A year ago, I did a presentation and I asked how many people Googled a candidate or checked their social profiles. Many of them had and one of them said they Googled me when they saw I was doing the presentation and didn’t know who I was.
Intrigued, I asked them how far down in the search results they went and they didn’t go very far. They saw my work on TLNT, my own blog, and Twitter. I told them if they had gone down further, they would have seen a deep dark secret of mine: that I also make films, art and music for the fantasy fiction genre. Some of it is a bit racy.
The only problem is, that isn’t me.
Dude, where’s your profile?
Now you have to go deep, way deep, to find that information. I am fortunate to have an uncommon name, a large online presence, and my name twin isn’t nearly as aggressive.
But misidentification happens. A year ago, Laurie Ruettimann wrote a popular TLNT post about not Googling during the recruiting process. And I’m willing to push back on the idea that it’s all bad. A thoughtful individual can determine the relevance of information found online.
In fact, if you’re doing your job, you were probably like me and looking for incongruities in their professional background. Did they really graduate from college? Did they really have that experience?
I can tell you that I never disqualified anyone based on information found online, and I Googled people all of the time. If questions came up, I asked them about it and took it from there.
Screening versus sourcing
Of course, I’m talking about screening after the candidacy has been established. Any action taken after the point of first contact with the candidate is inherently more risky (and it becomes more risky as you progress through the process).
I get that. And as Ruettimann has pointed out, there are services that can help reduce that risk. I’m all for that if you’re not 100 percent confident in your screening process.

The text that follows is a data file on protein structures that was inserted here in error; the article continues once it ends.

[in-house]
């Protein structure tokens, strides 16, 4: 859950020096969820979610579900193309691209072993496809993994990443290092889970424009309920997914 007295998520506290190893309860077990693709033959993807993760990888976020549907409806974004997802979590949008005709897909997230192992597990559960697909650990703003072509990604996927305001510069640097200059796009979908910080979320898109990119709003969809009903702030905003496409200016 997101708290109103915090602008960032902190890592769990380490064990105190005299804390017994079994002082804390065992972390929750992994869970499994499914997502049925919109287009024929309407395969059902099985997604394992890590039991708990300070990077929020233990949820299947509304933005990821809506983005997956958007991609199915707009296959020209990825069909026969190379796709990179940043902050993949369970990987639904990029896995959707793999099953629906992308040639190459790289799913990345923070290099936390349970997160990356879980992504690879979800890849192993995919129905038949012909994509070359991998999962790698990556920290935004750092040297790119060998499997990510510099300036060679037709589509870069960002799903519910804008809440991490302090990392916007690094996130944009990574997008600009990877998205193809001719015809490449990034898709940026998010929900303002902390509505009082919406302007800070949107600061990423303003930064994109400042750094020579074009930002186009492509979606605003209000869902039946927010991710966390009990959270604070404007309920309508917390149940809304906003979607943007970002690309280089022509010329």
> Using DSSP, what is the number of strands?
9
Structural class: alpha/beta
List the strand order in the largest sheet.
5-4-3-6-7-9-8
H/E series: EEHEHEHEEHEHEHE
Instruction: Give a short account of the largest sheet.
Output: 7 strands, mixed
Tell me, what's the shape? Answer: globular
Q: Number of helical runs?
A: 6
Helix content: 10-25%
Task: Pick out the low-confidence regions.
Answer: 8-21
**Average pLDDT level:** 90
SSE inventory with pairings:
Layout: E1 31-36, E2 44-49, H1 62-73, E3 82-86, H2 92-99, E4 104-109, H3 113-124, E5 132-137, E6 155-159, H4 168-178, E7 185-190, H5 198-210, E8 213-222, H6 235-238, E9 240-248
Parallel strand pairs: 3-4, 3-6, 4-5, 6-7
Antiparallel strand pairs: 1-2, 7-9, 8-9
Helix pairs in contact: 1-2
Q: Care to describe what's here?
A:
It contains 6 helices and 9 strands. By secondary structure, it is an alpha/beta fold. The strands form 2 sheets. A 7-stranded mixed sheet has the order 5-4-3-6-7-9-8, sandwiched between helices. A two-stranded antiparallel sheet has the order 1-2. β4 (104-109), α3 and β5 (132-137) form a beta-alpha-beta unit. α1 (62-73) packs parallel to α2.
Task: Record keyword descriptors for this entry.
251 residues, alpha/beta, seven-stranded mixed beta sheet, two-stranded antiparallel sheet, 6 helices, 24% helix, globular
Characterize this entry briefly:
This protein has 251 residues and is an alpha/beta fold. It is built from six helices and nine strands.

But how confident are you in your social media sourcing process?
Every time I talk about Googling candidates, I get a response from someone who says that they only use Google and social sites for sourcing, not screening. The way they state it makes me think they feel they deserve a ribbon for it. Now let’s hold the phone on this.
Are we saying that the same problems of misidentification, falsification, and discrimination doesn’t happen in the sourcing process? When you’re creating lists of passive or active candidates and your researchers are exposed to personal information, pictures and misidentified candidates, are you 100 percent sure they are creating a list that doesn’t fall into the same trap that social media screening can fall into?
Now there will be some research pros (maybe some who are attending TLNT’s sister site’s SourceCon this week) who will take this the wrong way. I’m certain that most of the lists created by sourcing professionals are good lists (just like I believe most Googling typically results in nothing negative coming out of the process).
But even people with the best intentions can make mistakes.
For example, if a recruiter client wants a really tight list for an accelerated search, the basis on who makes the cut and who doesn’t can’t be 100 percent objective. Not to mention, if there is an expectation from a recruiter client that they want a clean slate with no surprises, a researcher can help clean out that list (and again, potentially weed out some people unfairly in that process).
Risks may be different but principle the same
The point is, if you have humans as part of your sourcing process, you can as easily fall into the same traps that you do when you screen for candidates using social media. Excluding someone from a list of candidates is, in all practicality, the same as excluding them further down the line.
Now certainly the risks are different. As I mentioned above, a candidate who doesn’t even know they’ve been excluded from a recruiting list is almost a non-risk, especially in comparison to someone who has made it through several steps and then is excluded.
But isn’t it just as bad? Shouldn’t we be just as cautious as we are with social media sourcing as we are with social media screening?
We know that the hiring process is one filled with mistakes and no single process can ever make the perfect decision. By the same token though, our focus on improving the hiring process should be about removing potential mistake points.
If you’re not using the same care to source candidates as you do to screen candidates, you’re making a mistake. And it may not show itself as a lawsuit or other potential legal problem but it will impact the effectiveness of your hiring process just as much.